In the past two years, the agencies have been aggressive in bringing in hundreds of busloads of wealthy mainland investors to boost sales during the period.
"No group tours will be arranged this year, but our mainland branches will bring in individuals who are interested in visiting projects in Hong Kong," said Jeffrey Ng Chong-yip, director at Midland Realty.
Flat-buying tourists are now far fewer than a year ago because of declining investment interest as a result of Beijing's lending curbs and the worsening global economic outlook.
Furthermore, fewer new housing projects are being put up for sale in Hong Kong, contributing to lower numbers of flat-buying mainlanders visiting the city, Ng said.
Indeed, the number of prospective mainland buyers has plunged by as much as 50 per cent, compared with the first half of the year, said Andy Lee Yiu-chi, head of the Shenzhen branch of Centaline Property, which has branches across the .mainland.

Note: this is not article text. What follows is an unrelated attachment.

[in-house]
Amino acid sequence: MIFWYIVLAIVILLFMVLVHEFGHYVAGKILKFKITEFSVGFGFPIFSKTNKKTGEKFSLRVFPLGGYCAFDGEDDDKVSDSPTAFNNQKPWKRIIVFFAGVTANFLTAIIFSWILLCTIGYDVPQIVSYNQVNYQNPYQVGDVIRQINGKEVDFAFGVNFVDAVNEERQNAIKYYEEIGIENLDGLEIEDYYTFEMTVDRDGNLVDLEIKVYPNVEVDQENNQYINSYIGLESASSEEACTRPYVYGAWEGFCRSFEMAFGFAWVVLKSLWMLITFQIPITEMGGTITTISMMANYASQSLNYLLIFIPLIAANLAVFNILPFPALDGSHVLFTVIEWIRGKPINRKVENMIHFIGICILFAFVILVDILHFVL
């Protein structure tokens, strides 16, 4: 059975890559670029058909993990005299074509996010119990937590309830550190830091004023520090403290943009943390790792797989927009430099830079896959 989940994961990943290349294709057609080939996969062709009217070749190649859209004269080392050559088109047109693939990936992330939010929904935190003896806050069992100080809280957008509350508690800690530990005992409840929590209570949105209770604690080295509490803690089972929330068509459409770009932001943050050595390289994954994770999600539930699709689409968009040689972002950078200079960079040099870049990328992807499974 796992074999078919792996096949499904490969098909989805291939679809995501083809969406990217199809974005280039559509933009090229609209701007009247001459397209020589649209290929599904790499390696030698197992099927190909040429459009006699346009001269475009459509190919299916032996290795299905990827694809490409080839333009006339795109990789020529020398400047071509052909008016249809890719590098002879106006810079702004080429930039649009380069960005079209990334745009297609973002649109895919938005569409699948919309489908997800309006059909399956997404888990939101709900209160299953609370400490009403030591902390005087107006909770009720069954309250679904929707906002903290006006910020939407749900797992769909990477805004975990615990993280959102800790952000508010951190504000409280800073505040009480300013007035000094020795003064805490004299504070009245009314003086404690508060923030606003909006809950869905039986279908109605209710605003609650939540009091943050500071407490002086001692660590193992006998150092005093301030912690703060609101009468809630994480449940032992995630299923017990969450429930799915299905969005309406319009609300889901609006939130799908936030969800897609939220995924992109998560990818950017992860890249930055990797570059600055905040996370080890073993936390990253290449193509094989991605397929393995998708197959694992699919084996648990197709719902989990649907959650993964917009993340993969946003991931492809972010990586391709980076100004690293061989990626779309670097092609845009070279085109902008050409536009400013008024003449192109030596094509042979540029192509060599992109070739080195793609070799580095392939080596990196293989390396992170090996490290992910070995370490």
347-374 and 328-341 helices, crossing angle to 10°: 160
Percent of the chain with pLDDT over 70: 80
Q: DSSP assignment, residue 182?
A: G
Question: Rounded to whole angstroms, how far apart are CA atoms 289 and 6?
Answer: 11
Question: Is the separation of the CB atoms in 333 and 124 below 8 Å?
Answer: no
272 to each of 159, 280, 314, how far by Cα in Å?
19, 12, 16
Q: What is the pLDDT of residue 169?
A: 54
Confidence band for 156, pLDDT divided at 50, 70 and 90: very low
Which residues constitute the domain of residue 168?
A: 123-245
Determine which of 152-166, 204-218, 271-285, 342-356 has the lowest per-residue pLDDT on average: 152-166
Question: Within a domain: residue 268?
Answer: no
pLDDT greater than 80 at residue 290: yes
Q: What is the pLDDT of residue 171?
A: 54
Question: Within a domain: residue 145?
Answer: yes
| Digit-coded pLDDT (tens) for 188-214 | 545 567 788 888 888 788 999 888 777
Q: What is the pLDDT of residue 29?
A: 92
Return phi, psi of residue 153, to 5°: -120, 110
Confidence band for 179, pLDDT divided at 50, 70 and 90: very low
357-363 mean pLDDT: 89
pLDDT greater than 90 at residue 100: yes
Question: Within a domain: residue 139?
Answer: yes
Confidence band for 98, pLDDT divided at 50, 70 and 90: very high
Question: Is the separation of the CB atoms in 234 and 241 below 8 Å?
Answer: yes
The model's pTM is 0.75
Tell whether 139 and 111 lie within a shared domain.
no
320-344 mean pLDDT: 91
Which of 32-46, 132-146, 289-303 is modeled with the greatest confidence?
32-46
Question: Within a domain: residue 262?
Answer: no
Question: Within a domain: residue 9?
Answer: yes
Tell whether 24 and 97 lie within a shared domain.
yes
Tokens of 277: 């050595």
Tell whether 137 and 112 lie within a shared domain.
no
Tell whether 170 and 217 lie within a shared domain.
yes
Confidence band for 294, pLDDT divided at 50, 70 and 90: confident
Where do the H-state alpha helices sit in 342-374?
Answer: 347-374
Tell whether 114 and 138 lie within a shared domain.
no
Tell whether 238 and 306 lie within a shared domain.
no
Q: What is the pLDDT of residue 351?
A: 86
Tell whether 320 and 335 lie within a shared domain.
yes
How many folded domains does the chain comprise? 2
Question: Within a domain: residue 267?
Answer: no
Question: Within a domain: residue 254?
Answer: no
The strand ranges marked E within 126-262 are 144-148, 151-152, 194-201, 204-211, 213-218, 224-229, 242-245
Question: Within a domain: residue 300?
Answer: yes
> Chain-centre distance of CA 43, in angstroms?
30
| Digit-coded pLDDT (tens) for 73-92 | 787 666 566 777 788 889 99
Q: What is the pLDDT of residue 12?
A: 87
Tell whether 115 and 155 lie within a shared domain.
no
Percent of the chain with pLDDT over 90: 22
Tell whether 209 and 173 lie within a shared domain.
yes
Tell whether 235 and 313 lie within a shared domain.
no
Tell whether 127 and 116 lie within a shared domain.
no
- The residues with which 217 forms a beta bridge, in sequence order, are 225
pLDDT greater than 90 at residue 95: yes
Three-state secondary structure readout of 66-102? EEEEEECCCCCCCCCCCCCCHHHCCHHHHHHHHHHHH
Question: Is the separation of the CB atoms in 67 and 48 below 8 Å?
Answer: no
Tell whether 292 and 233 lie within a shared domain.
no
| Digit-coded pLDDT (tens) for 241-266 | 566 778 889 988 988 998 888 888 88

"The increasingly tight credit conditions on the mainland have dampened buying interest [on the mainland] and in Hong Kong," Lee said.
About eight to 10 customers had expressed interest in visiting Hong Kong properties during the week-long holiday, Lee said.
However, the details had yet to be worked out, he said.
As some mainlanders would only be interested in shopping and sight-seeing, organising small flat-buying groups would achieve better sales than bringing in busloads of prospective buyers, he said.
Centaline would provide free transport for their clients, but they have to pay for accommodation if they decide to extend their stay in Hong Kong, he added.
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